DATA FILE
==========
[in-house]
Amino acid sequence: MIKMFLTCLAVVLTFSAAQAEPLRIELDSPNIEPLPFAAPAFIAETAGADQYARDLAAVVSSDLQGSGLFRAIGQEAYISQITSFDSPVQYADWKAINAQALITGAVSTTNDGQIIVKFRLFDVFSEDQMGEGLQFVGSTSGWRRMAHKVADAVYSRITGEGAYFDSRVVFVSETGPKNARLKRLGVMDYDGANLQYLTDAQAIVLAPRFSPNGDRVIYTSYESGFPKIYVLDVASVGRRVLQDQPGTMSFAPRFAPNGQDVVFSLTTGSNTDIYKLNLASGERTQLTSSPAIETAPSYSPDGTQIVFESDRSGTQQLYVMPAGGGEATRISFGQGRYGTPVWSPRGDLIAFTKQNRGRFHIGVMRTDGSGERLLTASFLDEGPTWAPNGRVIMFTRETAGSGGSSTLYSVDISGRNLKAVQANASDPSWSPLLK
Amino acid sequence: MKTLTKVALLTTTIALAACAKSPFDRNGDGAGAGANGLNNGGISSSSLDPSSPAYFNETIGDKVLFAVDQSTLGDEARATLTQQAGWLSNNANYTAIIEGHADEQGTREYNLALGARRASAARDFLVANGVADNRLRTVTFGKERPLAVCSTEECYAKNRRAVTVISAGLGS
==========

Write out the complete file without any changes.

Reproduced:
[in-house]
Amino acid sequence: MIKMFLTCLAVVLTFSAAQAEPLRIELDSPNIEPLPFAAPAFIAETAGADQYARDLAAVVSSDLQGSGLFRAIGQEAYISQITSFDSPVQYADWKAINAQALITGAVSTTNDGQIIVKFRLFDVFSEDQMGEGLQFVGSTSGWRRMAHKVADAVYSRITGEGAYFDSRVVFVSETGPKNARLKRLGVMDYDGANLQYLTDAQAIVLAPRFSPNGDRVIYTSYESGFPKIYVLDVASVGRRVLQDQPGTMSFAPRFAPNGQDVVFSLTTGSNTDIYKLNLASGERTQLTSSPAIETAPSYSPDGTQIVFESDRSGTQQLYVMPAGGGEATRISFGQGRYGTPVWSPRGDLIAFTKQNRGRFHIGVMRTDGSGERLLTASFLDEGPTWAPNGRVIMFTRETAGSGGSSTLYSVDISGRNLKAVQANASDPSWSPLLK
Amino acid sequence: MKTLTKVALLTTTIALAACAKSPFDRNGDGAGAGANGLNNGGISSSSLDPSSPAYFNETIGDKVLFAVDQSTLGDEARATLTQQAGWLSNNANYTAIIEGHADEQGTREYNLALGARRASAARDFLVANGVADNRLRTVTFGKERPLAVCSTEECYAKNRRAVTVISAGLGS